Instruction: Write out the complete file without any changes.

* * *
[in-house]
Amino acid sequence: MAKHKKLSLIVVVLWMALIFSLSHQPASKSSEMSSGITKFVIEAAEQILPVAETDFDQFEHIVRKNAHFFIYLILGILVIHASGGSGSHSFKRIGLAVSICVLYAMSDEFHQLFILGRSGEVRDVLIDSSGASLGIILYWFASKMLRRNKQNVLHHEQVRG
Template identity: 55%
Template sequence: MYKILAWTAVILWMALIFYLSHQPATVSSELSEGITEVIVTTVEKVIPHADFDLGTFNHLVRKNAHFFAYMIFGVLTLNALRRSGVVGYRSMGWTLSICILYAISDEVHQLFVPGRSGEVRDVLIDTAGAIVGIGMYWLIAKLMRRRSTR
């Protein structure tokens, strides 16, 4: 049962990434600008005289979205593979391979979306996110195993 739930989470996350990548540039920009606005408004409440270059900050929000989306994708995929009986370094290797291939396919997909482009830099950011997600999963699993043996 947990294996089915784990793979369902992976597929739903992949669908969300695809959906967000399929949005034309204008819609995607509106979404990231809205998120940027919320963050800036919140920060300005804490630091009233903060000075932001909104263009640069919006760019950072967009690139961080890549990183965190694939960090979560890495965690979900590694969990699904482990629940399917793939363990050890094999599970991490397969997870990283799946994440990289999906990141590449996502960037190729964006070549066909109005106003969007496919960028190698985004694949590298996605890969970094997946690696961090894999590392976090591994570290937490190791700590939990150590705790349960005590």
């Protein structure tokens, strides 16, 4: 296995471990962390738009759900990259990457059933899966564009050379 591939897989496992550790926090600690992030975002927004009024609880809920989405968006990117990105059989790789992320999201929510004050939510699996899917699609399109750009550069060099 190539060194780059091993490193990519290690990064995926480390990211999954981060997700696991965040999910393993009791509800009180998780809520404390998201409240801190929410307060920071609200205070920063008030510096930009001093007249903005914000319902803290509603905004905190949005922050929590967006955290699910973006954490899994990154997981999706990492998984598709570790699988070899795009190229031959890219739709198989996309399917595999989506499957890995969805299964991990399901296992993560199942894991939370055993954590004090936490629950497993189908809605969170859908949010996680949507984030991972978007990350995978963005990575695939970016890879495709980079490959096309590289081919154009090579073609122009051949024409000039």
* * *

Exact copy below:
[in-house]
Amino acid sequence: MAKHKKLSLIVVVLWMALIFSLSHQPASKSSEMSSGITKFVIEAAEQILPVAETDFDQFEHIVRKNAHFFIYLILGILVIHASGGSGSHSFKRIGLAVSICVLYAMSDEFHQLFILGRSGEVRDVLIDSSGASLGIILYWFASKMLRRNKQNVLHHEQVRG
Template identity: 55%
Template sequence: MYKILAWTAVILWMALIFYLSHQPATVSSELSEGITEVIVTTVEKVIPHADFDLGTFNHLVRKNAHFFAYMIFGVLTLNALRRSGVVGYRSMGWTLSICILYAISDEVHQLFVPGRSGEVRDVLIDTAGAIVGIGMYWLIAKLMRRRSTR
């Protein structure tokens, strides 16, 4: 049962990434600008005289979205593979391979979306996110195993 739930989470996350990548540039920009606005408004409440270059900050929000989306994708995929009986370094290797291939396919997909482009830099950011997600999963699993043996 947990294996089915784990793979369902992976597929739903992949669908969300695809959906967000399929949005034309204008819609995607509106979404990231809205998120940027919320963050800036919140920060300005804490630091009233903060000075932001909104263009640069919006760019950072967009690139961080890549990183965190694939960090979560890495965690979900590694969990699904482990629940399917793939363990050890094999599970991490397969997870990283799946994440990289999906990141590449996502960037190729964006070549066909109005106003969007496919960028190698985004694949590298996605890969970094997946690696961090894999590392976090591994570290937490190791700590939990150590705790349960005590």
């Protein structure tokens, strides 16, 4: 296995471990962390738009759900990259990457059933899966564009050379 591939897989496992550790926090600690992030975002927004009024609880809920989405968006990117990105059989790789992320999201929510004050939510699996899917699609399109750009550069060099 190539060194780059091993490193990519290690990064995926480390990211999954981060997700696991965040999910393993009791509800009180998780809520404390998201409240801190929410307060920071609200205070920063008030510096930009001093007249903005914000319902803290509603905004905190949005922050929590967006955290699910973006954490899994990154997981999706990492998984598709570790699988070899795009190229031959890219739709198989996309399917595999989506499957890995969805299964991990399901296992993560199942894991939370055993954590004090936490629950497993189908809605969170859908949010996680949507984030991972978007990350995978963005990575695939970016890879495709980079490959096309590289081919154009090579073609122009051949024409000039």